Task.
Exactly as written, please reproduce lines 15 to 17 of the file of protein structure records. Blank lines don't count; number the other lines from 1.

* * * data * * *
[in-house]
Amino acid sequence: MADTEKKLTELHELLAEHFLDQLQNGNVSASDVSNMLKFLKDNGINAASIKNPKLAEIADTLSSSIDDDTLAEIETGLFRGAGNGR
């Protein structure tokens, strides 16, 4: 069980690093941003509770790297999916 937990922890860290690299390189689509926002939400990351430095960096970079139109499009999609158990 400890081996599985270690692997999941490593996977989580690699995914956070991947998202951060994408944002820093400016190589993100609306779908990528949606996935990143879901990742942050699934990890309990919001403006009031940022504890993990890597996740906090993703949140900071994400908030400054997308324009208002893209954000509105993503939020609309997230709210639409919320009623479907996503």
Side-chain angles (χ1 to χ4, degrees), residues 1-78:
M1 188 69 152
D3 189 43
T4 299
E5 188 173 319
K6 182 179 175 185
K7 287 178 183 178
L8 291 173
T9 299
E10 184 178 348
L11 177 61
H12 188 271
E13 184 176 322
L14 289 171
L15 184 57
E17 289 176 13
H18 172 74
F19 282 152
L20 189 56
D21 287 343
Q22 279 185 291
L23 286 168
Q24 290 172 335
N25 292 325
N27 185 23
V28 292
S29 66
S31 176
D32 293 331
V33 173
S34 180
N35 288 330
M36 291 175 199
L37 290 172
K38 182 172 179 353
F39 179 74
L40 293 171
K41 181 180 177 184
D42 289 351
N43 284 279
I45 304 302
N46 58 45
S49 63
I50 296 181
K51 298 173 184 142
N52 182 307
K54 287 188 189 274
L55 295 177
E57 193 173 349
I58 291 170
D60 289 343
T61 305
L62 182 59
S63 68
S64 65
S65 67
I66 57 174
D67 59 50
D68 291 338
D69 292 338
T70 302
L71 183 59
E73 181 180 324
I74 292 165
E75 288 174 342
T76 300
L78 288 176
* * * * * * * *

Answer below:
H12 188 271
E13 184 176 322
L14 289 171